The biopolymers useful in this invention are biopolymers produced by a process comprising the microbial transformation of a carbohydrate with a microorganism to obtain a polymeric material which differs from the parent polymeric material in respect of composition, properties and structure. Suitable carbohydrates include sugars such as pentoses or hexoses, for example glucose, sucrose, fructose, maltose, lactose, galactose, and starches, for example soluble starch, corn starch and the like. Crude products having a high carbohydrate concentration can be used. Among suitable materials there may be mentioned raw sugar, crude molasses and the like. Microorganisms suitable for effecting the microbial transformation of the carbohydrates may be for example plant pathogenic bacteria such as plant pathogens which produce extrudates on the site of lesions on infected plants. Typical of such microorganisms are the species of the genus Xanthomonas. Thus, for example a heteropolysaccharide biopolymer may be prepared from glucose by the action of Xanthomonas campestris (XC polymer). Commercially available xanthan gum biopolymers can be obtained from Kelco Div., Merck & Col, Inc. under the trademark of "Kelzan" and General Mills, Inc. under the trademark "Biopolymer XB23". Other species of Xanthomonas bacteria which are useful in preparing the biopolymers include Xanthomonas phaseoli, Xanthomonas mulvacearn, Xanthomonas carotae, Xanthomonas translucens, Xanthomonas hederae and Xanthomonas papavericoli. Other biopolymers, so-called synthetic gums, which are useful in this invention include: gum dextran synthesized by the action of the bacterium known as genus Leuconostoc Van Tieghement on sucrose, as described by Bailey et al. in U.S. Pat. No. 2,360,237; phosphorylated mannan synthesized by the action of the yeast Hansenula holstii NRRL-Y2448 on glucose as disclosed in U.S. Dept. of Agriculture, Agricultural Research Service, Northern Utilization Research and Development Division, Peoria, Ill., Bulletin CA-N-7, October 1958; gums produced by the action of diphtheriodic bacteria such as Arthrobacter viscous NRRL B-1973 and Arthrobacter viscous NRRL B-1797 as disclosed in Cadmus et al. in U.S. Pat. No. 3,228,855; gum produced by the action of Methylomonas mucosa as described in Finn et al. U.S. Pat. No. 3,923,782; gum produced by the action of Erwinia tahitica as disclosed in Kang et al. in U.S. Pat. No. 3,933,788; and gum produced by the action of Azotobacter indicus variety Myxogenes as disclosed in Kang et al. in U.S. Pat. No. 3,960,832.
Examples of suitable biopolysaccharides include those selected from the group consisting of polysaccharide produced by the action of Xanthomonas campestris, Xanthomonas phaseoli, Xanthomonas mulvacearn, Xanthomonas carotae, Xanthomonas translucens, Xanthomonas hederae, Xanthomonas papavericoli, Hansenula holstii, Arthorobacter viscous, Methylomonas mucosa, Erwinia tahitica and Azotobacter indicus.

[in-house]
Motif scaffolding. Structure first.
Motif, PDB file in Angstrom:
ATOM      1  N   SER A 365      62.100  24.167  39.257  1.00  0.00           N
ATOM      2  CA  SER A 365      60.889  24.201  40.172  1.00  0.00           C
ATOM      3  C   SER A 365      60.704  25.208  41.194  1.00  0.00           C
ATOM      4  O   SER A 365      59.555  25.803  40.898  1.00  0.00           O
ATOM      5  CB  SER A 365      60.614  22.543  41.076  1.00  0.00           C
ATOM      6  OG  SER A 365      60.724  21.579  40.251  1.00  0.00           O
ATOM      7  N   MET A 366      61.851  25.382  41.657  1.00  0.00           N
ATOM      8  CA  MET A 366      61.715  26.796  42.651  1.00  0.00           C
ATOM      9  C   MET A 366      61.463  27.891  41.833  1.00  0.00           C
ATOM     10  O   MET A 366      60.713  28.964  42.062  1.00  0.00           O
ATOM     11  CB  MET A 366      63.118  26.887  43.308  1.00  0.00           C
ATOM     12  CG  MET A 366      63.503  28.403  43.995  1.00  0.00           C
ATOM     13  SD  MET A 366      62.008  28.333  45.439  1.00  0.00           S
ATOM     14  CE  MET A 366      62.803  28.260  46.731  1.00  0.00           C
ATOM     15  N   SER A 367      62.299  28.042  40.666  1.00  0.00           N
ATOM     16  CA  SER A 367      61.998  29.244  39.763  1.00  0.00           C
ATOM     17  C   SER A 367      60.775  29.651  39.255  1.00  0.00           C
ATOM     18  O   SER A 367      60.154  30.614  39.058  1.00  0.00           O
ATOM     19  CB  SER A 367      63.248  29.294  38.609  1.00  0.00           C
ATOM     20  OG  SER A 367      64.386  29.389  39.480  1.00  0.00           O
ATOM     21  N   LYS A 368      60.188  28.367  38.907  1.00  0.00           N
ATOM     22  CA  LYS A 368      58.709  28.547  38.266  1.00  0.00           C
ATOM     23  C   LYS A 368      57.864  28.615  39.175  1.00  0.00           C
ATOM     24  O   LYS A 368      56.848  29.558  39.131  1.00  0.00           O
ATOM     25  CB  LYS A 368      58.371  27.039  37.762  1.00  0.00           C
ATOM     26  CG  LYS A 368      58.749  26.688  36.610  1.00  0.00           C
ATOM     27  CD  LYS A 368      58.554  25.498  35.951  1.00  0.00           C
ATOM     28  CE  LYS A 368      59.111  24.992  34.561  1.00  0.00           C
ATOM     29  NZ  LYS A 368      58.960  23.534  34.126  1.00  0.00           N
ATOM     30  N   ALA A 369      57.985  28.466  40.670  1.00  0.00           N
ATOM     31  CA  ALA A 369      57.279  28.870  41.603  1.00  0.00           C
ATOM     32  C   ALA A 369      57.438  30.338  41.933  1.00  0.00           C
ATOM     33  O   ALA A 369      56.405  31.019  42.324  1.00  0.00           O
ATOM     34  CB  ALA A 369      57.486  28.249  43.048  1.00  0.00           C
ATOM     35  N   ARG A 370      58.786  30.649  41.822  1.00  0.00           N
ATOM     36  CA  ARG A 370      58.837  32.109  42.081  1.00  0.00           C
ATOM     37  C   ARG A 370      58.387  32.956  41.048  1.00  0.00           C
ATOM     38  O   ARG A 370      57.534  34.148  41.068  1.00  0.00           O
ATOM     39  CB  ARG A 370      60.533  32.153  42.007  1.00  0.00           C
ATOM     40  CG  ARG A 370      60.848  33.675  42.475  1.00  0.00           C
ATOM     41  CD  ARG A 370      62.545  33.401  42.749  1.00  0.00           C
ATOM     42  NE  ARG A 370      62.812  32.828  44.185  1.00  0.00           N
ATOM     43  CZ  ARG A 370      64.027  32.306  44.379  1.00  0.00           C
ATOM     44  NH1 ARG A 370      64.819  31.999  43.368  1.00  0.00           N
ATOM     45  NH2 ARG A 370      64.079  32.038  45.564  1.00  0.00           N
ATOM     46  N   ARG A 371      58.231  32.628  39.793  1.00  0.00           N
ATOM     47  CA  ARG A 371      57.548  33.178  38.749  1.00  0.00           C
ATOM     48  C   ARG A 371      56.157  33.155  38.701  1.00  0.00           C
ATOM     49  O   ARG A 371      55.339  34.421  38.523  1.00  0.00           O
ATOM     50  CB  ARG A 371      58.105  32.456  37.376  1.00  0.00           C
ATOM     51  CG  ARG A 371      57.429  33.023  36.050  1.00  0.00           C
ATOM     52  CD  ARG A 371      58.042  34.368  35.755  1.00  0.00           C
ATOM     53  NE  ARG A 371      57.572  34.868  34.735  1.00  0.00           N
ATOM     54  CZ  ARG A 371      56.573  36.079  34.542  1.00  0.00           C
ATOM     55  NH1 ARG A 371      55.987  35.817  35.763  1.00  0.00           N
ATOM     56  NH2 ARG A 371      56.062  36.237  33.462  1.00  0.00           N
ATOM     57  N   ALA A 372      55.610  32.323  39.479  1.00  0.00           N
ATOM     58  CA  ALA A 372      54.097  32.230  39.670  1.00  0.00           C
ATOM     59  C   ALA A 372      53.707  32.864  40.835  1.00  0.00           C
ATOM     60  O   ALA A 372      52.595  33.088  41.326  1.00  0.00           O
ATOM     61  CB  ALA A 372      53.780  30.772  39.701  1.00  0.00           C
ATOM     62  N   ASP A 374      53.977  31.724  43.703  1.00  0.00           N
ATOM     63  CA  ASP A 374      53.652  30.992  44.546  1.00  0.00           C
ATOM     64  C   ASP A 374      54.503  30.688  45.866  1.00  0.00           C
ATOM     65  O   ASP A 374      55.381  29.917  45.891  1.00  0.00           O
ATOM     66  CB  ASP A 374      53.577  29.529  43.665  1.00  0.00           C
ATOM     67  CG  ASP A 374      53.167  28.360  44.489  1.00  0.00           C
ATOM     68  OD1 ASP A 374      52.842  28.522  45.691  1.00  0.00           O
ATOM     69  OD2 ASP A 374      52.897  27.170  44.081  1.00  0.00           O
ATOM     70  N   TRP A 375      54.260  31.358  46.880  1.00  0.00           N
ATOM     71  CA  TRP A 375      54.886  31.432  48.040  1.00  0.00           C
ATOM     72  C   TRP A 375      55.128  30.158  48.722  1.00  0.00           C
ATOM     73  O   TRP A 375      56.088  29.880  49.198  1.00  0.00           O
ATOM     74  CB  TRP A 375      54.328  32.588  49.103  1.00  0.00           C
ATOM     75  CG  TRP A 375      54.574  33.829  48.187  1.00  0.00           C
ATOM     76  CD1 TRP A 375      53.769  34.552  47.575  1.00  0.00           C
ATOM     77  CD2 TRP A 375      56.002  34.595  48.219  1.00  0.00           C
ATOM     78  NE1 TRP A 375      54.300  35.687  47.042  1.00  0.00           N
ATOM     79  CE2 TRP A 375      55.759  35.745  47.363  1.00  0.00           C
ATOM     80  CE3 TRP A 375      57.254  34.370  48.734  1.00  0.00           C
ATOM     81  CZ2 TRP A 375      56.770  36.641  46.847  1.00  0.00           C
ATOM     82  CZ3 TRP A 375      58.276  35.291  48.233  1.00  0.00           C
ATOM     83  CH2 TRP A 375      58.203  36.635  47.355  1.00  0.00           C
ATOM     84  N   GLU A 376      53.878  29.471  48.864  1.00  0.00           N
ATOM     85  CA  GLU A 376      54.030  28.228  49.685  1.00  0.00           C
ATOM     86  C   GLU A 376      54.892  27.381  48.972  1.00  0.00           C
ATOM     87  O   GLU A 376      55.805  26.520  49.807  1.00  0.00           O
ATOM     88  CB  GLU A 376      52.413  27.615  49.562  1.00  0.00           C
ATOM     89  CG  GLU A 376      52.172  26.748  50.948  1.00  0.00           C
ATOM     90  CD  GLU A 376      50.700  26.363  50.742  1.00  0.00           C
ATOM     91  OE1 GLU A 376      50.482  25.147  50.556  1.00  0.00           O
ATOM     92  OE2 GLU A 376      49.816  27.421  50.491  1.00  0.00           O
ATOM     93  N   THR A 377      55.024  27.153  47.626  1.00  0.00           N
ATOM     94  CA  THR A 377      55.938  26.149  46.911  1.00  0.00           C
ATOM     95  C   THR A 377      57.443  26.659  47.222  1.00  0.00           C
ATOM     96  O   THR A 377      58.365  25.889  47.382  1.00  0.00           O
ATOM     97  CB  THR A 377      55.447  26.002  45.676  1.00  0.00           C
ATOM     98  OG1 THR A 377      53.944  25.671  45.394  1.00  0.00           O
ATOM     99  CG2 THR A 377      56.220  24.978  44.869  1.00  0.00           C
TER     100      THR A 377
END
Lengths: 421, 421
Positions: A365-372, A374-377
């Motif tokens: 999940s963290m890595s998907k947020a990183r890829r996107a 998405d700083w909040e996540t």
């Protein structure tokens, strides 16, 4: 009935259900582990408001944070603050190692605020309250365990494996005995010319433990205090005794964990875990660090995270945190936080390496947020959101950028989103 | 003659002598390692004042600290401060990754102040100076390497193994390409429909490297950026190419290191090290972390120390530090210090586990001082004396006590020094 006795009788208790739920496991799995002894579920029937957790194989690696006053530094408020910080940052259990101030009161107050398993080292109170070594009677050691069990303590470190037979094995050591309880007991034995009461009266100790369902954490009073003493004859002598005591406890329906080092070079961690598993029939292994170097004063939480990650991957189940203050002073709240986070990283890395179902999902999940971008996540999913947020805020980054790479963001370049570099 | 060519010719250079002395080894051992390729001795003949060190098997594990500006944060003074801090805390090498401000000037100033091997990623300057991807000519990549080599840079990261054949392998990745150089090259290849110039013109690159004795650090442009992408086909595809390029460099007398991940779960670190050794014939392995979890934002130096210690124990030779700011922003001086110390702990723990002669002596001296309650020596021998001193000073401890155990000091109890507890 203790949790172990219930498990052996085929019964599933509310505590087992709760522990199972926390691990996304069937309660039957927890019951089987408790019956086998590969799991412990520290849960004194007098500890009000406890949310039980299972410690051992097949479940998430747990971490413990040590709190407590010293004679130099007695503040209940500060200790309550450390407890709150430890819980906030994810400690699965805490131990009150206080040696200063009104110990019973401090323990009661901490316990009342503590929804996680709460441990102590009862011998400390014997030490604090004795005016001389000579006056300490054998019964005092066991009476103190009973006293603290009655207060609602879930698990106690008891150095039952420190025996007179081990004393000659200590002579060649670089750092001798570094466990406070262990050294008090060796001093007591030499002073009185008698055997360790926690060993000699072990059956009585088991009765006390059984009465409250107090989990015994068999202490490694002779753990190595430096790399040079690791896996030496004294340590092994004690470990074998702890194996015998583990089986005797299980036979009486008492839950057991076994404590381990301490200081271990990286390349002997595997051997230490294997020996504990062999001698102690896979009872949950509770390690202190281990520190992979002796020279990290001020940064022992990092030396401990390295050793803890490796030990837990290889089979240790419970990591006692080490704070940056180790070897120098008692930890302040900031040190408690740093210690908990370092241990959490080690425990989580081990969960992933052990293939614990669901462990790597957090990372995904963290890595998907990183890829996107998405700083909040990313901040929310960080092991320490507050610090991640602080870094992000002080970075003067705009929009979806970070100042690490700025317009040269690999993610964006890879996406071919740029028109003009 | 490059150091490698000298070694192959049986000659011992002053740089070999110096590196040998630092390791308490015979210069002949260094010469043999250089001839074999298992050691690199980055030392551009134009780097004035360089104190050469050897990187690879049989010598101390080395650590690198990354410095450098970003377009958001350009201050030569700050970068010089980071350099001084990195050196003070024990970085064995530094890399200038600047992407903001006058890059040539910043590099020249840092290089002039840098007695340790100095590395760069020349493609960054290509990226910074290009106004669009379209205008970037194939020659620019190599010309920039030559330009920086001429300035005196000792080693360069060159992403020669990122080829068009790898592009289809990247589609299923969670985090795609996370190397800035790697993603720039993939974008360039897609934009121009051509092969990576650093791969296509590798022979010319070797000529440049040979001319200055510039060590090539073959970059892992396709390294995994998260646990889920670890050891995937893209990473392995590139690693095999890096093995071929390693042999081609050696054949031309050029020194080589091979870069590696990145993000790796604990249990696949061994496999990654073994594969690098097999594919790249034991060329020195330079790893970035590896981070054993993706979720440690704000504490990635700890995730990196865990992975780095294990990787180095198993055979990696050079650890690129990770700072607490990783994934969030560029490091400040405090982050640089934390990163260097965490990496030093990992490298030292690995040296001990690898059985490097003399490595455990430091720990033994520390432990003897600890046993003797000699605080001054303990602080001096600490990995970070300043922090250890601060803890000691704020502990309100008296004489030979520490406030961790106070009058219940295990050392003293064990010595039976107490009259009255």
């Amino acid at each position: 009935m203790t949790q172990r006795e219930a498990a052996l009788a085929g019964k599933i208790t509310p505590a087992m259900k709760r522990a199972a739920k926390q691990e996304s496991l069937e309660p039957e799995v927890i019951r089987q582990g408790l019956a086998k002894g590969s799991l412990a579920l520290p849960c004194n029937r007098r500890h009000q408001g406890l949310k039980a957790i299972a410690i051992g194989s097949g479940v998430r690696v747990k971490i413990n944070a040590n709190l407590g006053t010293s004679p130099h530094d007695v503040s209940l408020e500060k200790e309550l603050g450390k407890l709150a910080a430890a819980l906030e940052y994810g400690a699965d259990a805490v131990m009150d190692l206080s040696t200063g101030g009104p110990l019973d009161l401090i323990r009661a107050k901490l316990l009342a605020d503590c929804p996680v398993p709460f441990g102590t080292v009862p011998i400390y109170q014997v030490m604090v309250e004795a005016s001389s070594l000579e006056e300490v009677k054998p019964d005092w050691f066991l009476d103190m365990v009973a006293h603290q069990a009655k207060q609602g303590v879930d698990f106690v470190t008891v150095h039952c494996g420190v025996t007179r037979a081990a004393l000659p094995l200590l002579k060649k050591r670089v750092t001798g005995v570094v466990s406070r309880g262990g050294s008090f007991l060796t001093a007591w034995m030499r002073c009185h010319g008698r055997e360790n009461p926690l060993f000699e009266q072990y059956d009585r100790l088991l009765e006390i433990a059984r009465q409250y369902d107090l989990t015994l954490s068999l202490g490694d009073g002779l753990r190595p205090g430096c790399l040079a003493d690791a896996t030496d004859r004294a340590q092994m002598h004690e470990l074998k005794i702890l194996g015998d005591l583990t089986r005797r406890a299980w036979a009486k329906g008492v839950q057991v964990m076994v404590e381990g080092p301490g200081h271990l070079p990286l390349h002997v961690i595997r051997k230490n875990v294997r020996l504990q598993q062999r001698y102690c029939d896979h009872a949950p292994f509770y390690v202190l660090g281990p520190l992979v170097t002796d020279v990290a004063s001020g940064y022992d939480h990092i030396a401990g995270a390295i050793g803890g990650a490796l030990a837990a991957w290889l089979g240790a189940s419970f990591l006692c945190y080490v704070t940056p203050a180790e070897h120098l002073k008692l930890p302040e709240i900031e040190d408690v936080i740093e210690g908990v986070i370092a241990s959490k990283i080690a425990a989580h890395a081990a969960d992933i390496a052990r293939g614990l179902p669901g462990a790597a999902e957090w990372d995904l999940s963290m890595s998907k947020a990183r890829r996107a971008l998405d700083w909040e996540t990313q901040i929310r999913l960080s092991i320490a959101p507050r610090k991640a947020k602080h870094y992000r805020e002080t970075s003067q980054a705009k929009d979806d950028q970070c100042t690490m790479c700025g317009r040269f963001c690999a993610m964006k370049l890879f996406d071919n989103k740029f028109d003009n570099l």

As used in this application, the term synthetic water-soluble polymer refers to those synthesized polymers which are truly water-soluble or which are dispersible in water or other aqueous medium to form a stable colloidal suspension. Examples of suitable synthetic water soluble polymers are homopolymers, copolymers, terpolymers and polymers prepared from more than three monomeric components wherein the synthetic water soluble polymer is prepared from one or more monomers selected from the group consisting of acrylic acid and the alkali salts thereof, methacrylic acid and the alkali salts thereof, acrylamide, methacrylamide, acrylonitrile, N-vinyl-2-pyrrolidone, 2-acrylamido-2-methylpropane sulfonic acid and the alkali salts thereof, polyvinyl alcohol, maleic acid, maleic anhydride and itaconic acid or polymers containing equivalent functional units. More preferred water soluble polymers are those prepared from one or more monomers selected from the group consisting of acrylic acid and the alkali salts thereof, acrylamide, N-vinyl-2-pyrrolidone, and 2-acrylamido-2-methylpropane sulfonic acid and the alkali salts thereof, or polymers containing equivalent functional units. Preferred copolymers are those prepared from monomeric components consisting of acrylic acid and acrylamide, acrylic acid and acrylonitrile, acrylic acid and methacrylonitrile, acrylic acid and N-vinyl-2-pyrrolidone, acrylamide and N-vinyl-2-pyrrolidone, acrylamide and sodium 2-acrylamido-2-methylpropane sulfonate, or acrylamide and 2-acrylamido-2-methylpropane sulfonic acid or copolymers containing equivalent functional units as the preceding copolymers. Preferred terpolymers are those prepared from monomeric components consisting of sodium acrylate, acrylamide and sodium 2-acrylamido-2-methylpropane sulfonate; sodium acrylate, N-vinyl-2-pyrrolidone, and sodium 2-acrylamido-2-methylpropane; or acrylamide, N-vinyl-2-pyrrolidone and sodium 2-acrylamido-2-methylpropane sulfonate or terpolymers containing equivalent functional units. For the purpose of this invention, it is contemplated that methacrylic acid or its alkali salts may be substituted for acrylic acid and methacrylamide may be substituted for acrylamide as equivalent monomers. Preferred synthetic polymers prepared from more than three monomeric components are those wherein the monomeric components are selected from the group consisting essentially of acrylamide, acrylic acid, N-vinyl-2-pyrrolidone and 2-acrylamido-2 -methylpropane sulfonic acid or polymers containing equivalent functional units. Procedures for making the preceding polymers from the designated monomeric compositions are readily available to one skilled in the art. The procedures discussed in U.S. Pat. No. 5,080,809, which is herein incorporated by reference in its entirety, are specifically cited.